With measles on the rise, unvaccinated are vulnerable, reports CDC

Feb. 5, 2015—As the number of measles cases continues to rise, health officials are urging people to vaccinate their children—and themselves, if necessary—against the disease. Doing so helps to prevent complications of the disease, including brain damage, deafness, pneumonia and death.

The number of U.S. measles cases in 2015 is already as high as those seen in a typical year during the past decade, according to the Centers for Disease Control and Prevention (CDC).

As of Jan. 30, a total 102 cases had been reported. Most of the cases are linked to an outbreak at 2 Disneyland theme parks in California.

Why the worry about this outbreak?

Measles is a highly contagious disease that is spread through the air when an infected person coughs or sneezes—and the droplets remain contagious for up to 2 hours afterward. Because the signature rash of the virus doesn’t appear for several days, people often don’t realize they are ill until after they’ve contaminated others.

Widespread vaccination led to measles being declared eliminated in the U.S. in 2000. Cases did continue to occur, but they usually started overseas and were limited.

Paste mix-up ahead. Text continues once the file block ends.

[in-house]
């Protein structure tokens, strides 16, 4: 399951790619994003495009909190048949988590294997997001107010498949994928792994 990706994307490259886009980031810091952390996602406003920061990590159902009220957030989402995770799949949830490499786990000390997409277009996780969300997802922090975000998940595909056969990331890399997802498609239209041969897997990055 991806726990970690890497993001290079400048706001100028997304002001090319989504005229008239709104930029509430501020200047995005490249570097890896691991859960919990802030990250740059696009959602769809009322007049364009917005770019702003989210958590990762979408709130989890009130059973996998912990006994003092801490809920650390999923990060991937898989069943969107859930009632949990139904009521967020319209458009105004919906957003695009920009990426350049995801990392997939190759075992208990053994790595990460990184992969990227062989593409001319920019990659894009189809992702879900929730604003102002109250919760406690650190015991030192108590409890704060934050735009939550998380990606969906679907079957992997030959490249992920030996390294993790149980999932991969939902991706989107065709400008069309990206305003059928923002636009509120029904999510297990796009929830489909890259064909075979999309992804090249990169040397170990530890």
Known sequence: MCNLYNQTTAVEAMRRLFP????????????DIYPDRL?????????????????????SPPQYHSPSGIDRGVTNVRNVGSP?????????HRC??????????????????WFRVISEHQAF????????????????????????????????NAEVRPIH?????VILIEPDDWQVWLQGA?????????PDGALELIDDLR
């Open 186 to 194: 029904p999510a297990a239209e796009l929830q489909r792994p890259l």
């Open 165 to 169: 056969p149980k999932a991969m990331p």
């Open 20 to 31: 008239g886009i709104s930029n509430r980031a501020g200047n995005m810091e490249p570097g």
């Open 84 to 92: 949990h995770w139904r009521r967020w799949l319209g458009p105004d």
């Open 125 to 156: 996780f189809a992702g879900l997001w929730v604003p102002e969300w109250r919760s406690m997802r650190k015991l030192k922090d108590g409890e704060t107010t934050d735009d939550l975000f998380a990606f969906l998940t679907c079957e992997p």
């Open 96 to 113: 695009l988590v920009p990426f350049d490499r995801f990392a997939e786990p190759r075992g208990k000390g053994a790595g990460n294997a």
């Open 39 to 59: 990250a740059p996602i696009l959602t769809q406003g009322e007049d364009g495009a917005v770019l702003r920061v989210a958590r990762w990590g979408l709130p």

What’s changed, reports CDC, is the number of people in this country who are opting out of the MMR (measles, mumps and rubella) vaccination:

  • 1 in 12 children are not getting their first dose of MMR at the recommended time
  • 17 states report less than a 90 percent vaccination rate of at least one dose among their children

The risk that a small outbreak can grow into a big one increases as vaccination rates decrease.

The take-home message
In addition to the classic rash of tiny red spots, symptoms of measles include fever, cough, runny nose and red eyes. The rash and fever usually disappear in a few days, but the disease isn’t without complications: As many as 20 percent of those who get measles will also develop an ear infection, diarrhea or pneumonia. One out of every 1,000 infected people will die, according to CDC.

A single person with measles can infect 90 percent of people nearby, according to CDC—unless the people are protected against the disease by vaccination or a previous measles infection.

CDC and the American Academy of Pediatrics are calling for people—especially children—to get vaccinated.

The MMR shot is highly recommended and has been shown to be safe and effective for children and adults. Anyone who isn’t sure of their immunization status should check with their doctor: An extra dose isn’t harmful, according to CDC.

If you think your child has the measles, keep him or her home and call your doctor.

 

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